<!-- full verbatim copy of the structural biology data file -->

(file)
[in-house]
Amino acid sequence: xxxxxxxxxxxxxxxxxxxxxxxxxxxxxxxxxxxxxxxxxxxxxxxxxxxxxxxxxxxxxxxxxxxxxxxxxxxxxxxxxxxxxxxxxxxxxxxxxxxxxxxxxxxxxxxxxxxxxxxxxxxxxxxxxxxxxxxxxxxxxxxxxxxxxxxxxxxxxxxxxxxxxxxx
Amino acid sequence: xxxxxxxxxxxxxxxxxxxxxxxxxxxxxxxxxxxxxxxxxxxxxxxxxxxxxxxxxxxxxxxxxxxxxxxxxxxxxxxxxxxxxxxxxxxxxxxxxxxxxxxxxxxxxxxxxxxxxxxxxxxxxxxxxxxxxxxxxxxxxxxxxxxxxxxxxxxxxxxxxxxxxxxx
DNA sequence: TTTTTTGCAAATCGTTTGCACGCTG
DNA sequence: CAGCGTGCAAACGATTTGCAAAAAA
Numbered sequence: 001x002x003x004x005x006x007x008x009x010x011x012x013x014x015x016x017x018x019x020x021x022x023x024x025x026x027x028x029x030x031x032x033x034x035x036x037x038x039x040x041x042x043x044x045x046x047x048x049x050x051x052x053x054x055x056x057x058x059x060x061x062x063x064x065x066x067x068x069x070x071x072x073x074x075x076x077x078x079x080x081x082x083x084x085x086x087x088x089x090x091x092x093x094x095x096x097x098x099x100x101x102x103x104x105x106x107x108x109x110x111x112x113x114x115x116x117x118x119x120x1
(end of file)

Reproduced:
[in-house]
Amino acid sequence: xxxxxxxxxxxxxxxxxxxxxxxxxxxxxxxxxxxxxxxxxxxxxxxxxxxxxxxxxxxxxxxxxxxxxxxxxxxxxxxxxxxxxxxxxxxxxxxxxxxxxxxxxxxxxxxxxxxxxxxxxxxxxxxxxxxxxxxxxxxxxxxxxxxxxxxxxxxxxxxxxxxxxxxx
Amino acid sequence: xxxxxxxxxxxxxxxxxxxxxxxxxxxxxxxxxxxxxxxxxxxxxxxxxxxxxxxxxxxxxxxxxxxxxxxxxxxxxxxxxxxxxxxxxxxxxxxxxxxxxxxxxxxxxxxxxxxxxxxxxxxxxxxxxxxxxxxxxxxxxxxxxxxxxxxxxxxxxxxxxxxxxxxx
DNA sequence: TTTTTTGCAAATCGTTTGCACGCTG
DNA sequence: CAGCGTGCAAACGATTTGCAAAAAA
Numbered sequence: 001x002x003x004x005x006x007x008x009x010x011x012x013x014x015x016x017x018x019x020x021x022x023x024x025x026x027x028x029x030x031x032x033x034x035x036x037x038x039x040x041x042x043x044x045x046x047x048x049x050x051x052x053x054x055x056x057x058x059x060x061x062x063x064x065x066x067x068x069x070x071x072x073x074x075x076x077x078x079x080x081x082x083x084x085x086x087x088x089x090x091x092x093x094x095x096x097x098x099x100x101x102x103x104x105x106x107x108x109x110x111x112x113x114x115x116x117x118x119x120x1